Curiosity taking a self-portrait. Image: Nasa
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Curiosity sniffs farts on Mars, could mean extinction of humanity

Fluctuations in methane gas in the Martian atmosphere, detected by the Curiosity rover, could mean that there's life living below the surface of Gale Crater. The implications could be surprising.

There's life on Mars! Maybe. Again. What's going on?

Nasa has announced that the Curiosity rover has detected spikes in methane concentration in the atmosphere within the Gale Crater. Over the last 20 months Curiosity has sampled the chemical makeup of the air around it a dozen times, finding that normally there are seven methane molecules per ten billion other air molecules (which on Mars is about 96 per cent carbon dioxide) - except on two occasions, where it jumped to ten times that. That's a big deal because methane doesn't just linger around; it's produced by some chemical process and then dissipates relatively quickly, so whatever's producing it must be doing it recurrently and frequently.

We all have experience with methane production (particularly around the Christmas season, with brussel sprouts on the table), but it's important to stress this isn't a definitive proxy for Martian life. Sure, it could be microbes, but it could also come from the reaction of the mineral olivine with water, as this Nasa infographic shows, and that's been the suspicion ever since methane was first detected in the atmosphere by astronomers in 2009. But we've always known that Mars' methane is unevenly distributed, and possibly seasonal, and that there are a number of alternative sources for it than bacteria "burping".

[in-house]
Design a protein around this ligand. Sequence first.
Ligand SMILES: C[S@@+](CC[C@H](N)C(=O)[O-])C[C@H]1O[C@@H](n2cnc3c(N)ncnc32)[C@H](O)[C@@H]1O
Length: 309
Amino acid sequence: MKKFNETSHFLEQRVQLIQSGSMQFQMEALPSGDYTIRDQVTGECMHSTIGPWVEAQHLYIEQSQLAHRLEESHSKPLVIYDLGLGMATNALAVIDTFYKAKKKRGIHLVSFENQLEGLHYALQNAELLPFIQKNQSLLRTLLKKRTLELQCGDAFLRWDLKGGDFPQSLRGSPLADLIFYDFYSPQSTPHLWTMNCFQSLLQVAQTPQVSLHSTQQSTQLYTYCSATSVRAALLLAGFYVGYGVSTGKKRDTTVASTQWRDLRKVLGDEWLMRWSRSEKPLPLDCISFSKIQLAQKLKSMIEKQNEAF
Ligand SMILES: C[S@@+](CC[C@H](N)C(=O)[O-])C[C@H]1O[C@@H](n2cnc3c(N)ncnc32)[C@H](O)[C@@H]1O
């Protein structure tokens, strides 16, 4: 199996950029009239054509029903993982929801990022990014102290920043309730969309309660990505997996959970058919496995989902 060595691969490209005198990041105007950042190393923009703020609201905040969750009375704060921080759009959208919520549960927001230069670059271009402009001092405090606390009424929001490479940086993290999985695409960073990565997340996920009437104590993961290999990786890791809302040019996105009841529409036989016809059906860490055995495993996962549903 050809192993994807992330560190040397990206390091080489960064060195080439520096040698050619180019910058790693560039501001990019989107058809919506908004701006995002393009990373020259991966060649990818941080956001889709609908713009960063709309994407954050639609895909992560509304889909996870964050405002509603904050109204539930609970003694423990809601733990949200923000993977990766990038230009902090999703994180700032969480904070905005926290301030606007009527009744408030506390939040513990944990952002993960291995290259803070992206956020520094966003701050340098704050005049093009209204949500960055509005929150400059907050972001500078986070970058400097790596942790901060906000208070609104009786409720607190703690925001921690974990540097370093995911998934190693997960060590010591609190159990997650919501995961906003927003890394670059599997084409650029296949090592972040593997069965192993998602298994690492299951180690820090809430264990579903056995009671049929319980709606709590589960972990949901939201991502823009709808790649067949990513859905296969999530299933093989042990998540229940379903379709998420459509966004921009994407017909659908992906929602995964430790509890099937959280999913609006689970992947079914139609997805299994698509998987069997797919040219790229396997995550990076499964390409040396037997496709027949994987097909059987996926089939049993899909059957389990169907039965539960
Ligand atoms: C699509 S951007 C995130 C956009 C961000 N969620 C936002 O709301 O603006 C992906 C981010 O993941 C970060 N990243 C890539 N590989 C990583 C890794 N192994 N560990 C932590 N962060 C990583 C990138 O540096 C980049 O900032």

The announcement also included the news that the rock sample that Curiosity drilled into in May 2013 yielded further organic molecules when analysed, and also revealed important data about the history of the planet's water - and when it was lost. What we can really say here is that we have even more evidence to support the conclusion that Mars was habitable and Earth-like (or at least from the perspective of microbial life) billions of years in the past, but also that we don't know yet if it still is today.

Something we have to think about when we find life somewhere else - and we will find aliens, eventually, in centuries if necessary - is what the means for us, humanity, in the big picture. Statistically. Those of us who gamble might well consider it a bad omen.